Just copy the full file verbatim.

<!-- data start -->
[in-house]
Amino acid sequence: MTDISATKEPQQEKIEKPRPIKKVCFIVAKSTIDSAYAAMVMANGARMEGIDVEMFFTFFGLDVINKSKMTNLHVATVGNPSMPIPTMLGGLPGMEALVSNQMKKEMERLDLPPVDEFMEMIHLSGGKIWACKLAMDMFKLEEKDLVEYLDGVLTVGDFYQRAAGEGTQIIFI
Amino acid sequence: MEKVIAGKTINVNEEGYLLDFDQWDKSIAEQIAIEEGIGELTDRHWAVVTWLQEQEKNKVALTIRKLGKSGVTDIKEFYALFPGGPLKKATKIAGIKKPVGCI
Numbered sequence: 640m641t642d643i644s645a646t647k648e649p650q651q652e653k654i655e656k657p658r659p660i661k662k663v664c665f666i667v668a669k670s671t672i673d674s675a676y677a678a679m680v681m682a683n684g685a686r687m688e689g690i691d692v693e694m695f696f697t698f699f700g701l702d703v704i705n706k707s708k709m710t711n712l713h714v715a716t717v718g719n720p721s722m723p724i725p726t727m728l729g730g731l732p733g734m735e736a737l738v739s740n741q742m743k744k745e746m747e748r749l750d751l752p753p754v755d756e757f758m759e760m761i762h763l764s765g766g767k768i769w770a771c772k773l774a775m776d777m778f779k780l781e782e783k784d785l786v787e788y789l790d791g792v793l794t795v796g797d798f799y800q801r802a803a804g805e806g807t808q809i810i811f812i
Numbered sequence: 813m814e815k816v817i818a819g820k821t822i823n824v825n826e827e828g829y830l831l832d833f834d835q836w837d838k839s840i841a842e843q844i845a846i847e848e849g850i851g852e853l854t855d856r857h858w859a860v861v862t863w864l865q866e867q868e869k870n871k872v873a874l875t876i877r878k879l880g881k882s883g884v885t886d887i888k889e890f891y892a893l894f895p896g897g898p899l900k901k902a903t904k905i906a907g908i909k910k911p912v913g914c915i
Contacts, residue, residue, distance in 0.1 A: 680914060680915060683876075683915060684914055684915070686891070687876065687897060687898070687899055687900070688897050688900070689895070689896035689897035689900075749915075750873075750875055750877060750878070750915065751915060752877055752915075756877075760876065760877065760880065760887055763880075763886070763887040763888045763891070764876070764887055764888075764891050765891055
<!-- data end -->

[in-house]
Amino acid sequence: MTDISATKEPQQEKIEKPRPIKKVCFIVAKSTIDSAYAAMVMANGARMEGIDVEMFFTFFGLDVINKSKMTNLHVATVGNPSMPIPTMLGGLPGMEALVSNQMKKEMERLDLPPVDEFMEMIHLSGGKIWACKLAMDMFKLEEKDLVEYLDGVLTVGDFYQRAAGEGTQIIFI
Amino acid sequence: MEKVIAGKTINVNEEGYLLDFDQWDKSIAEQIAIEEGIGELTDRHWAVVTWLQEQEKNKVALTIRKLGKSGVTDIKEFYALFPGGPLKKATKIAGIKKPVGCI
Numbered sequence: 640m641t642d643i644s645a646t647k648e649p650q651q652e653k654i655e656k657p658r659p660i661k662k663v664c665f666i667v668a669k670s671t672i673d674s675a676y677a678a679m680v681m682a683n684g685a686r687m688e689g690i691d692v693e694m695f696f697t698f699f700g701l702d703v704i705n706k707s708k709m710t711n712l713h714v715a716t717v718g719n720p721s722m723p724i725p726t727m728l729g730g731l732p733g734m735e736a737l738v739s740n741q742m743k744k745e746m747e748r749l750d751l752p753p754v755d756e757f758m759e760m761i762h763l764s765g766g767k768i769w770a771c772k773l774a775m776d777m778f779k780l781e782e783k784d785l786v787e788y789l790d791g792v793l794t795v796g797d798f799y800q801r802a803a804g805e806g807t808q809i810i811f812i
Numbered sequence: 813m814e815k816v817i818a819g820k821t822i823n824v825n826e827e828g829y830l831l832d833f834d835q836w837d838k839s840i841a842e843q844i845a846i847e848e849g850i851g852e853l854t855d856r857h858w859a860v861v862t863w864l865q866e867q868e869k870n871k872v873a874l875t876i877r878k879l880g881k882s883g884v885t886d887i888k889e890f891y892a893l894f895p896g897g898p899l900k901k902a903t904k905i906a907g908i909k910k911p912v913g914c915i
Contacts, residue, residue, distance in 0.1 A: 680914060680915060683876075683915060684914055684915070686891070687876065687897060687898070687899055687900070688897050688900070689895070689896035689897035689900075749915075750873075750875055750877060750878070750915065751915060752877055752915075756877075760876065760877065760880065760887055763880075763886070763887040763888045763891070764876070764887055764888075764891050765891055